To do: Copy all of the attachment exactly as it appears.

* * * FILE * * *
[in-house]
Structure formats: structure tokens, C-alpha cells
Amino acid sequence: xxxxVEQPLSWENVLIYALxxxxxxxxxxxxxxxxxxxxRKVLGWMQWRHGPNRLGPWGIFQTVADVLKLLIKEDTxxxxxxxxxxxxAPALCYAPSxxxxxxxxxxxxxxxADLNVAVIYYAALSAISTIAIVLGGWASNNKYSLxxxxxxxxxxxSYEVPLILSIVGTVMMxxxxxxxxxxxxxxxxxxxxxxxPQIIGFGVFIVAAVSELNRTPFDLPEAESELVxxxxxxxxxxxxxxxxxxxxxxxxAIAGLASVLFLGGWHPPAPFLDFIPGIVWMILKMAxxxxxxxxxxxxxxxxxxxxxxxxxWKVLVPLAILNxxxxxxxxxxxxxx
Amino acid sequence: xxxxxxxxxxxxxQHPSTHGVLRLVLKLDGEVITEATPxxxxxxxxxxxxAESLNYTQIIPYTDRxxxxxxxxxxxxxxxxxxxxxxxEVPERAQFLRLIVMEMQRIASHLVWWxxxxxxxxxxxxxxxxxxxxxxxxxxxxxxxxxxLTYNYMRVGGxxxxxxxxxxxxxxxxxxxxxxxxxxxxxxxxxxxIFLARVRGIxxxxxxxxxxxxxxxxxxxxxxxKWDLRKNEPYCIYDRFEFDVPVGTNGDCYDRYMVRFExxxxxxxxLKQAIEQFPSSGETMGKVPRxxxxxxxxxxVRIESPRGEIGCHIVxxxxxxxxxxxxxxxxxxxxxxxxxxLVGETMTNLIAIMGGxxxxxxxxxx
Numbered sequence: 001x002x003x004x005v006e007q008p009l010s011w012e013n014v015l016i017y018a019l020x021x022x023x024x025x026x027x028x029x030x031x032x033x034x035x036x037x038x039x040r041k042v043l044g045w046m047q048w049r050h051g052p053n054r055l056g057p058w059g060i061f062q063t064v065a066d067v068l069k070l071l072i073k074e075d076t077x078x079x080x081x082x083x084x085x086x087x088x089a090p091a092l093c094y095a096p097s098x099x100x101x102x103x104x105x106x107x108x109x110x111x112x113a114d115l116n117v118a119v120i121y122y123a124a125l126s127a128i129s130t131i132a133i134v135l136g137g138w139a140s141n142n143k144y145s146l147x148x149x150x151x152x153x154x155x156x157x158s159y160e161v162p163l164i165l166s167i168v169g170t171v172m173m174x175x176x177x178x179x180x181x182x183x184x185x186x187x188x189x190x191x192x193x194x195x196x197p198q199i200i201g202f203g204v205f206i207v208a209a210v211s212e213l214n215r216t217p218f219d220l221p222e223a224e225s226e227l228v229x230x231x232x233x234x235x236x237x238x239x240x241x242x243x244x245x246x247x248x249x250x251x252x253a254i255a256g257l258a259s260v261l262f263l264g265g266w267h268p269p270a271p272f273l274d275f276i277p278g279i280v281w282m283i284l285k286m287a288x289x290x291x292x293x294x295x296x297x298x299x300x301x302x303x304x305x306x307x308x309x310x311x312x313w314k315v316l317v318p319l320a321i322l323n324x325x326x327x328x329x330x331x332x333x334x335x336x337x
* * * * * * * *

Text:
[in-house]
Structure formats: structure tokens, C-alpha cells
Amino acid sequence: xxxxVEQPLSWENVLIYALxxxxxxxxxxxxxxxxxxxxRKVLGWMQWRHGPNRLGPWGIFQTVADVLKLLIKEDTxxxxxxxxxxxxAPALCYAPSxxxxxxxxxxxxxxxADLNVAVIYYAALSAISTIAIVLGGWASNNKYSLxxxxxxxxxxxSYEVPLILSIVGTVMMxxxxxxxxxxxxxxxxxxxxxxxPQIIGFGVFIVAAVSELNRTPFDLPEAESELVxxxxxxxxxxxxxxxxxxxxxxxxAIAGLASVLFLGGWHPPAPFLDFIPGIVWMILKMAxxxxxxxxxxxxxxxxxxxxxxxxxWKVLVPLAILNxxxxxxxxxxxxxx
Amino acid sequence: xxxxxxxxxxxxxQHPSTHGVLRLVLKLDGEVITEATPxxxxxxxxxxxxAESLNYTQIIPYTDRxxxxxxxxxxxxxxxxxxxxxxxEVPERAQFLRLIVMEMQRIASHLVWWxxxxxxxxxxxxxxxxxxxxxxxxxxxxxxxxxxLTYNYMRVGGxxxxxxxxxxxxxxxxxxxxxxxxxxxxxxxxxxxIFLARVRGIxxxxxxxxxxxxxxxxxxxxxxxKWDLRKNEPYCIYDRFEFDVPVGTNGDCYDRYMVRFExxxxxxxxLKQAIEQFPSSGETMGKVPRxxxxxxxxxxVRIESPRGEIGCHIVxxxxxxxxxxxxxxxxxxxxxxxxxxLVGETMTNLIAIMGGxxxxxxxxxx
Numbered sequence: 001x002x003x004x005v006e007q008p009l010s011w012e013n014v015l016i017y018a019l020x021x022x023x024x025x026x027x028x029x030x031x032x033x034x035x036x037x038x039x040r041k042v043l044g045w046m047q048w049r050h051g052p053n054r055l056g057p058w059g060i061f062q063t064v065a066d067v068l069k070l071l072i073k074e075d076t077x078x079x080x081x082x083x084x085x086x087x088x089a090p091a092l093c094y095a096p097s098x099x100x101x102x103x104x105x106x107x108x109x110x111x112x113a114d115l116n117v118a119v120i121y122y123a124a125l126s127a128i129s130t131i132a133i134v135l136g137g138w139a140s141n142n143k144y145s146l147x148x149x150x151x152x153x154x155x156x157x158s159y160e161v162p163l164i165l166s167i168v169g170t171v172m173m174x175x176x177x178x179x180x181x182x183x184x185x186x187x188x189x190x191x192x193x194x195x196x197p198q199i200i201g202f203g204v205f206i207v208a209a210v211s212e213l214n215r216t217p218f219d220l221p222e223a224e225s226e227l228v229x230x231x232x233x234x235x236x237x238x239x240x241x242x243x244x245x246x247x248x249x250x251x252x253a254i255a256g257l258a259s260v261l262f263l264g265g266w267h268p269p270a271p272f273l274d275f276i277p278g279i280v281w282m283i284l285k286m287a288x289x290x291x292x293x294x295x296x297x298x299x300x301x302x303x304x305x306x307x308x309x310x311x312x313w314k315v316l317v318p319l320a321i322l323n324x325x326x327x328x329x330x331x332x333x334x335x336x337x